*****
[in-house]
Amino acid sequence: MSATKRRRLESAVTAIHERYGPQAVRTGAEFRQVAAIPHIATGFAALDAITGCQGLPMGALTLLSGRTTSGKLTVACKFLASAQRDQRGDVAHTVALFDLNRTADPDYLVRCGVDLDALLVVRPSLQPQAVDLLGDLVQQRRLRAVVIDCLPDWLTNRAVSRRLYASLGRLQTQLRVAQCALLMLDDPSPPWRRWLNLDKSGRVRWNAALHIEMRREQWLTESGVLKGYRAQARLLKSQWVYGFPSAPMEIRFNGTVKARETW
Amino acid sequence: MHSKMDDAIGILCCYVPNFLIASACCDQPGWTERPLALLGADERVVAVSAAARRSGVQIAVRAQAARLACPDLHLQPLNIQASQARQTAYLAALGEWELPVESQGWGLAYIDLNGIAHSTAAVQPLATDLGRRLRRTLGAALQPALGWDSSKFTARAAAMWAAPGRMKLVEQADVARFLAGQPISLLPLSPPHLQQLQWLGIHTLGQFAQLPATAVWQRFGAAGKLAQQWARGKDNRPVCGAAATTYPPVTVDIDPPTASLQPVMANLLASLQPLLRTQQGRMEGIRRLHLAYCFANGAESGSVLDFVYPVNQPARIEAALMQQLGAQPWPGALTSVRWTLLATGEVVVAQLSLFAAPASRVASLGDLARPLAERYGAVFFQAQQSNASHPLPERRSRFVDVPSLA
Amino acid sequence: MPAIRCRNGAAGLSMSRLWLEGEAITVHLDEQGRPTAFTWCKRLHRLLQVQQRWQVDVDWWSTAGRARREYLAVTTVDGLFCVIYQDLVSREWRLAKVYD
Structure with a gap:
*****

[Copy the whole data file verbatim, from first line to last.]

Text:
[in-house]
Amino acid sequence: MSATKRRRLESAVTAIHERYGPQAVRTGAEFRQVAAIPHIATGFAALDAITGCQGLPMGALTLLSGRTTSGKLTVACKFLASAQRDQRGDVAHTVALFDLNRTADPDYLVRCGVDLDALLVVRPSLQPQAVDLLGDLVQQRRLRAVVIDCLPDWLTNRAVSRRLYASLGRLQTQLRVAQCALLMLDDPSPPWRRWLNLDKSGRVRWNAALHIEMRREQWLTESGVLKGYRAQARLLKSQWVYGFPSAPMEIRFNGTVKARETW
Amino acid sequence: MHSKMDDAIGILCCYVPNFLIASACCDQPGWTERPLALLGADERVVAVSAAARRSGVQIAVRAQAARLACPDLHLQPLNIQASQARQTAYLAALGEWELPVESQGWGLAYIDLNGIAHSTAAVQPLATDLGRRLRRTLGAALQPALGWDSSKFTARAAAMWAAPGRMKLVEQADVARFLAGQPISLLPLSPPHLQQLQWLGIHTLGQFAQLPATAVWQRFGAAGKLAQQWARGKDNRPVCGAAATTYPPVTVDIDPPTASLQPVMANLLASLQPLLRTQQGRMEGIRRLHLAYCFANGAESGSVLDFVYPVNQPARIEAALMQQLGAQPWPGALTSVRWTLLATGEVVVAQLSLFAAPASRVASLGDLARPLAERYGAVFFQAQQSNASHPLPERRSRFVDVPSLA
Amino acid sequence: MPAIRCRNGAAGLSMSRLWLEGEAITVHLDEQGRPTAFTWCKRLHRLLQVQQRWQVDVDWWSTAGRARREYLAVTTVDGLFCVIYQDLVSREWRLAKVYD
Structure with a gap: